First drive: 2017 Kia Optima GT in Oman
The last Kia we drove was the latest Kia Sorento. It was an impressive crossover in every possible way, except one — it was pretty darn boring to drive. Still, it ended up on our recommended list because it at least handled decently. Every Kia we drove before that was even worse in terms of driving dynamics. Kia has been constantly improving over the past half-decade, and the latest Optima looks like it could finally be up there with its Japanese and American rivals. So it was with great anticipation that we got behind the wheel of a turbocharged 2017 Optima GT for a quick spin while we were in Oman as judges for the 2016 Oman Auto Excellence Awards, driving it back-to-back with Accords, Altimas and Camrys.
One thing is for sure — Kia has nailed the exterior styling. While some of their other models look derivative, such as the Porsche-like Sportage and the BMW-like Quoris, the Optima looks truly unique and handsome, although to be honest, the previous one looked even better. However, the addition of that little window in the new model’s rear C-pillar was necessary to make the cabin bigger (which was a core complaint of the previous model). The GT and GT-Line trims get “sportier” bumpers, dual exhaust tips and 18-inch alloys, among other little changes.
Inside, our first impression was that of a new Jaguar XF, with some elements of BMW. It looks and feels that good, as long as you don’t have an actual Jaguar on hand to compare too closely. Material use is among the best in its class, with soft-touch trim on all upper surfaces, with window sills and dash faces getting stitched faux-leather on our GT model. Hard plastics are relegated to below-the-waist areas.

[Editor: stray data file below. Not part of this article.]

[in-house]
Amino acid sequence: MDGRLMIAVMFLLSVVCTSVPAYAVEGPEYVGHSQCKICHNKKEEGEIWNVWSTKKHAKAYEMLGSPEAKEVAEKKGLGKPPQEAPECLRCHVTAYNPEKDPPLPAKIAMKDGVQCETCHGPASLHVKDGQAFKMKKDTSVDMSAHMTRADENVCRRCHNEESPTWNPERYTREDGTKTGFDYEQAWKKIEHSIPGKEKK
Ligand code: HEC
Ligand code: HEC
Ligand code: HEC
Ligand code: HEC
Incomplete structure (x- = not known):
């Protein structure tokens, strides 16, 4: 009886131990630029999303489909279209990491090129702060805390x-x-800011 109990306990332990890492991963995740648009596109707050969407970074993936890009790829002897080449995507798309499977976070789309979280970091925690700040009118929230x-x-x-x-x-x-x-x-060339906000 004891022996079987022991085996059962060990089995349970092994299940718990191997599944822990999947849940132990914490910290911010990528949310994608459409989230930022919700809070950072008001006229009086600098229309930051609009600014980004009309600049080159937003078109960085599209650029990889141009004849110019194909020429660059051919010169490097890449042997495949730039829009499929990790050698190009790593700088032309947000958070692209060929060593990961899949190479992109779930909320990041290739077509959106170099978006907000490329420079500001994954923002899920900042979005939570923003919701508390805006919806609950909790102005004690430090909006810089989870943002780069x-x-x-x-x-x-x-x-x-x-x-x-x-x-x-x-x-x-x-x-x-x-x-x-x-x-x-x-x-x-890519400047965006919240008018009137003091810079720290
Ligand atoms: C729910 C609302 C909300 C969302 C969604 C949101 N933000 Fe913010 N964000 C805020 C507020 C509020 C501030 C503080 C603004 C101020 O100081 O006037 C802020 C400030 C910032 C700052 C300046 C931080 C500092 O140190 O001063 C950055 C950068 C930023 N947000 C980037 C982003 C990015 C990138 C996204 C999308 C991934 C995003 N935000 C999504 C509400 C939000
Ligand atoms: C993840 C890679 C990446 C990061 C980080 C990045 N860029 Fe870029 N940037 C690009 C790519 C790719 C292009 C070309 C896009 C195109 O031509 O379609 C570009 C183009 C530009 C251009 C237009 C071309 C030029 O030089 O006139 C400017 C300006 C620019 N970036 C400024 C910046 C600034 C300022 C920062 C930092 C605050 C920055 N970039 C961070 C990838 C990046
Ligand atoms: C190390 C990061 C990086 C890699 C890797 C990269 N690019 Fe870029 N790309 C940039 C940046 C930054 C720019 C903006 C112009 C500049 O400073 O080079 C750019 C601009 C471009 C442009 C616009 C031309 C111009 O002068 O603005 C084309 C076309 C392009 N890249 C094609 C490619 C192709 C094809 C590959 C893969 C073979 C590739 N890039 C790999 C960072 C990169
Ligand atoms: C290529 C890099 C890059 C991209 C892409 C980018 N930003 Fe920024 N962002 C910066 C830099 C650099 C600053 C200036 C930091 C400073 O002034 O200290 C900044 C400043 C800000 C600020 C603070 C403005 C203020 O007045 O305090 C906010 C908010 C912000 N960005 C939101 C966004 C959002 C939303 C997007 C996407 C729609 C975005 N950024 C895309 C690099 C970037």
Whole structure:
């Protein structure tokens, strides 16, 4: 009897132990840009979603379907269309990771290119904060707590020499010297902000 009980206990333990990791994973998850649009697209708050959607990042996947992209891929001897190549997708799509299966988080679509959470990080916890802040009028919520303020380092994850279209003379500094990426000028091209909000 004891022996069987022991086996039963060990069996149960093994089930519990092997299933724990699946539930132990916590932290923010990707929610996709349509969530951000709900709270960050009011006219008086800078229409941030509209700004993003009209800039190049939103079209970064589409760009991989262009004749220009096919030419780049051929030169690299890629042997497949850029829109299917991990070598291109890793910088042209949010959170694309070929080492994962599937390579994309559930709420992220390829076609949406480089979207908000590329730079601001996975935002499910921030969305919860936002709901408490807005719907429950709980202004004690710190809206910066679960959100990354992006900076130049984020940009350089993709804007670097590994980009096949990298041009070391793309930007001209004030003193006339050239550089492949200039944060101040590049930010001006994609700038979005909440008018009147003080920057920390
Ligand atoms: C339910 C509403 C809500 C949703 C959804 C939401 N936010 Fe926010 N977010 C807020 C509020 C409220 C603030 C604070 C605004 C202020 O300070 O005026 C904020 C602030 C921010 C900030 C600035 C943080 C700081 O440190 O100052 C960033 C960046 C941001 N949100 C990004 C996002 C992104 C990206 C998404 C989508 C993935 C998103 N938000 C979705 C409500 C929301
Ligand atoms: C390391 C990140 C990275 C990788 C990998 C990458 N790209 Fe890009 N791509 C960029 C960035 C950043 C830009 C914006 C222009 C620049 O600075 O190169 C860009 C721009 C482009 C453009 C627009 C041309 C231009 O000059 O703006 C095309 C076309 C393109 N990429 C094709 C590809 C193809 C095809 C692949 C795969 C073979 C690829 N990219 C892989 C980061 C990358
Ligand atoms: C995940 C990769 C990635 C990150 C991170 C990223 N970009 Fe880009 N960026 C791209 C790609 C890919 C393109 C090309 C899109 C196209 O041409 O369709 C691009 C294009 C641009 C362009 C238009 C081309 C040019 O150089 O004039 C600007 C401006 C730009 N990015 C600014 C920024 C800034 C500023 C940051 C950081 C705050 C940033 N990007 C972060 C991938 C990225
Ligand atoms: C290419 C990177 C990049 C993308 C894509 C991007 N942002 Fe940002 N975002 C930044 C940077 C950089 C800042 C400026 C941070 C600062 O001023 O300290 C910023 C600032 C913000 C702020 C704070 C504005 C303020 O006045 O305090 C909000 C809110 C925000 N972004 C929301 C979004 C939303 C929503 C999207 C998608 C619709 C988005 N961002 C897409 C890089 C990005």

We didn’t have time to fiddle with the cabin tech, but just know that you have to move up to the GT-Line trim if you want the fancy full-screen multimedia/nav system, otherwise you’re saddled with ugly smaller radio displays with several buttons alongside.
As for cabin space, it is very good now, with generous legroom and headroom in the back. The boot is massive as well. Nothing to complain about any more.
So has the driving dynamics improved? After a brisk drive around a few long corners, it appears the new Optima has pretty good suspension tuning, with good grip, limited body roll and a quiet comfortable ride, at least on a well-paved road, although it’s not quite deserving of the “GT” tag. The steering is so numb and oddly-weighted that it’s hard to tell what the front tyres are doing at speed. It’s best driven at a more subdued pace. If you want to attack corners, get a Mazda 6.
Where the Optima GT still lacks is the engine. While lower-spec models get ho-hum 178 hp 2.4-litre engines, the GT gets a 241 hp 2.0-litre turbo four-cylinder with 350 Nm of torque. On paper, it looks great against a similarly-turbocharged 240 hp Ford Fusion Ecoboost. However, the execution varies.
The turbo Ford feels quick thanks to its strong torque at low revs. In contrast, the Optima’s motor builds up power gradually, but never satisfactory in terms of kick. It feels only a bit more powerful than the regular 2.4-litre version (the latter engine being offered in a GT-Line model that gets the same look and equipment as the GT).
Clearly Kia is continuing on its path to becoming a grade-A contender, but it continues to lag behind in driveability, in a world where even the much-derided Toyota Camry is enjoyable to drive nowadays. However, considering many midsize sedan buyers choose value for money over all else, the Optima should pop up on at least a few shopping lists, even if the GT isn’t quite Grand Tour material.
For UAE prices and GCC specs, visit the Kia buyer guide.
Photos by Mashfique Hussain Chowdhury & Kia.